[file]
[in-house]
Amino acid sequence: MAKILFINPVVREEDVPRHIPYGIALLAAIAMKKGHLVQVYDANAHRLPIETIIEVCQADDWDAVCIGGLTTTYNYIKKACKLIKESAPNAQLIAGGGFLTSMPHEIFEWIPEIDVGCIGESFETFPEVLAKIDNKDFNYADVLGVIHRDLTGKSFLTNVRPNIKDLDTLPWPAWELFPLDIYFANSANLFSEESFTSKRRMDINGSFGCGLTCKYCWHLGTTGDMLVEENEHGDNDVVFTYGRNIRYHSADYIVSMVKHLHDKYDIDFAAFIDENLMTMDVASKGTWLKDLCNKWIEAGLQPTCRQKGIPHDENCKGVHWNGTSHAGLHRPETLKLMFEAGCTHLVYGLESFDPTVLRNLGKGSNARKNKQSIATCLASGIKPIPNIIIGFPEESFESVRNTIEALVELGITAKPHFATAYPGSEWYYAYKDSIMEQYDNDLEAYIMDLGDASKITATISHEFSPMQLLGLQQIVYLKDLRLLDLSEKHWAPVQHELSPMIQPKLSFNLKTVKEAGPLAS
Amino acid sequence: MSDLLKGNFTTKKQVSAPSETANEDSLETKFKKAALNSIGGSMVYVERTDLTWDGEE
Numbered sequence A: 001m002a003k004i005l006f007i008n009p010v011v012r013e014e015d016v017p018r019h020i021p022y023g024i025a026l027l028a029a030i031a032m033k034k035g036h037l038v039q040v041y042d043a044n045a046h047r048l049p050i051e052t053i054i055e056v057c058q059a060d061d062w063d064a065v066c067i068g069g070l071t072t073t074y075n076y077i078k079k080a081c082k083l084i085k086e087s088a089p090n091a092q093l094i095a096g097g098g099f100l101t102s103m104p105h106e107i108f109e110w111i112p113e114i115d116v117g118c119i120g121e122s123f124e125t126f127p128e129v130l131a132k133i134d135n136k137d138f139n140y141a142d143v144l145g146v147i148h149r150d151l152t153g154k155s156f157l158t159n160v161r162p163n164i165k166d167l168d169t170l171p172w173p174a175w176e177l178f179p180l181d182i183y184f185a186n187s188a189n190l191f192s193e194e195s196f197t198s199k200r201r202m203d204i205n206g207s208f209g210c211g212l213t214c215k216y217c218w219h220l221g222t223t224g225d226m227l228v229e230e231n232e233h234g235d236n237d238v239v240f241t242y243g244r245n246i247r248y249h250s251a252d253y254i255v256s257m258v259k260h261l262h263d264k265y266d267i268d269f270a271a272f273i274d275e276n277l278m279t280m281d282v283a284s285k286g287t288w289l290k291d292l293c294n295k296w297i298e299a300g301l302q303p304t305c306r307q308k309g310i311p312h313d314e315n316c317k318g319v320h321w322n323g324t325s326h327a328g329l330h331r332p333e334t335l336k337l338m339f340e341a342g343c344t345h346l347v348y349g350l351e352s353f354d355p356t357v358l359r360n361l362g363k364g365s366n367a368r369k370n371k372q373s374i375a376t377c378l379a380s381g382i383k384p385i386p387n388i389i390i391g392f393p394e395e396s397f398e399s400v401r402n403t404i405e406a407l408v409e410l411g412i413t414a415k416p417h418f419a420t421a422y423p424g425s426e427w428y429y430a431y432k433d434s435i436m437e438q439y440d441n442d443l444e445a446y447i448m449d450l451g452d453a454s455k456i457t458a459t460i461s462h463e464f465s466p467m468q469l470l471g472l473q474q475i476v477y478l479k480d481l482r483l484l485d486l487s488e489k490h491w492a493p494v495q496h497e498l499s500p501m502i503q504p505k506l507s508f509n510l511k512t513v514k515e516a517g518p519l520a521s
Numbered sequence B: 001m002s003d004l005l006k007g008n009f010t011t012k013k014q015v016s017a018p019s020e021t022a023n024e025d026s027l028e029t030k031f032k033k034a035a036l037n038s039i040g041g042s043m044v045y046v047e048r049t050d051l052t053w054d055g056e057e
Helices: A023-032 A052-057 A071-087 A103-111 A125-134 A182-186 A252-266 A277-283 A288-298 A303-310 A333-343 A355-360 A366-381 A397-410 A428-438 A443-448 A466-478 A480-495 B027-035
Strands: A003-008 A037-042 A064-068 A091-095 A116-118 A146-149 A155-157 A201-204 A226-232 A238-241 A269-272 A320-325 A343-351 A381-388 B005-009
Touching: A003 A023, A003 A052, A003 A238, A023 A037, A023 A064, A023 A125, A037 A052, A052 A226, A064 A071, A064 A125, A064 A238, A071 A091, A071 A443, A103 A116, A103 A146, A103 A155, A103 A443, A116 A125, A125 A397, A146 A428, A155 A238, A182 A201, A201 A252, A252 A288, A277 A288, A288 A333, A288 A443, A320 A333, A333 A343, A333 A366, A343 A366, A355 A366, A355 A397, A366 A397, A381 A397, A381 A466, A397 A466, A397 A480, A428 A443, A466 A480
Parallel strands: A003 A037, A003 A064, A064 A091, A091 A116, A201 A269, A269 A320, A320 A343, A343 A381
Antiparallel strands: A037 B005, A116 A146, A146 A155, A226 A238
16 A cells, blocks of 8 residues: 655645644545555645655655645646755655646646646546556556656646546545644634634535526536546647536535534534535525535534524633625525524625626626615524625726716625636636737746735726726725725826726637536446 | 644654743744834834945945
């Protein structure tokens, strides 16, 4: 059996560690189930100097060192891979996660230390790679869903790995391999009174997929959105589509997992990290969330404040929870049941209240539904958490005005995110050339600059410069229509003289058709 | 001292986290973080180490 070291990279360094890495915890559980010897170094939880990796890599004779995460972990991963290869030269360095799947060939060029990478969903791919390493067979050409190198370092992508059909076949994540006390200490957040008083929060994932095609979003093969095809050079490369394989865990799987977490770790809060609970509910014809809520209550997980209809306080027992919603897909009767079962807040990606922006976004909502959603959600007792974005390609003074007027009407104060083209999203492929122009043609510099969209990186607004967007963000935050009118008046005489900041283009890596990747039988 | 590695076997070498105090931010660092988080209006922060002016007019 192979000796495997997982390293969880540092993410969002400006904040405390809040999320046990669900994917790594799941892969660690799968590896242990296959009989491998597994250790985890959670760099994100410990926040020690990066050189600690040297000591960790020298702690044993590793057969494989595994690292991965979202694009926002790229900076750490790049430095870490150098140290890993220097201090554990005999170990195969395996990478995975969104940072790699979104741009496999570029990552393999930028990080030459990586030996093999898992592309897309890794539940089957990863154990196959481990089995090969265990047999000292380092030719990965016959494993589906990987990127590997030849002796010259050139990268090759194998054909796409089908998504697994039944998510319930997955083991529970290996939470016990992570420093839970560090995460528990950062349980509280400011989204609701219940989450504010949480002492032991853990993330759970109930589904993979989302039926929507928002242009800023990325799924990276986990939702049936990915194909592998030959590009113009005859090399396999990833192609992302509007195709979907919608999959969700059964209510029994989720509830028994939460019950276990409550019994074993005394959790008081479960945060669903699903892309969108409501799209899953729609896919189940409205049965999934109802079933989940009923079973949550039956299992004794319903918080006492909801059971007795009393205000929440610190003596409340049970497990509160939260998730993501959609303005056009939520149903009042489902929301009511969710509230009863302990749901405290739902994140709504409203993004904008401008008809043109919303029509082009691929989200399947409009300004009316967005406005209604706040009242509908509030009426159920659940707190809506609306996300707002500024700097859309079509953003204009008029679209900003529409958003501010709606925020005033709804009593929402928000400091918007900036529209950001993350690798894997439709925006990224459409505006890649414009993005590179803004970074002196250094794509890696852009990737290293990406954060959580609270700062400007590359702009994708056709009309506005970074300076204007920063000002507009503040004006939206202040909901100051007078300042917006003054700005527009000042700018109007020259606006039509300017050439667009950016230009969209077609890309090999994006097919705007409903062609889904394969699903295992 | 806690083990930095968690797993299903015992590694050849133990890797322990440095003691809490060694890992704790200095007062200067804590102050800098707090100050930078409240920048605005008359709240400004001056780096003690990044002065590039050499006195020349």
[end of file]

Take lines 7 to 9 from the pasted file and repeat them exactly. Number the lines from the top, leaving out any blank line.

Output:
Strands: A003-008 A037-042 A064-068 A091-095 A116-118 A146-149 A155-157 A201-204 A226-232 A238-241 A269-272 A320-325 A343-351 A381-388 B005-009
Touching: A003 A023, A003 A052, A003 A238, A023 A037, A023 A064, A023 A125, A037 A052, A052 A226, A064 A071, A064 A125, A064 A238, A071 A091, A071 A443, A103 A116, A103 A146, A103 A155, A103 A443, A116 A125, A125 A397, A146 A428, A155 A238, A182 A201, A201 A252, A252 A288, A277 A288, A288 A333, A288 A443, A320 A333, A333 A343, A333 A366, A343 A366, A355 A366, A355 A397, A366 A397, A381 A397, A381 A466, A397 A466, A397 A480, A428 A443, A466 A480
Parallel strands: A003 A037, A003 A064, A064 A091, A091 A116, A201 A269, A269 A320, A320 A343, A343 A381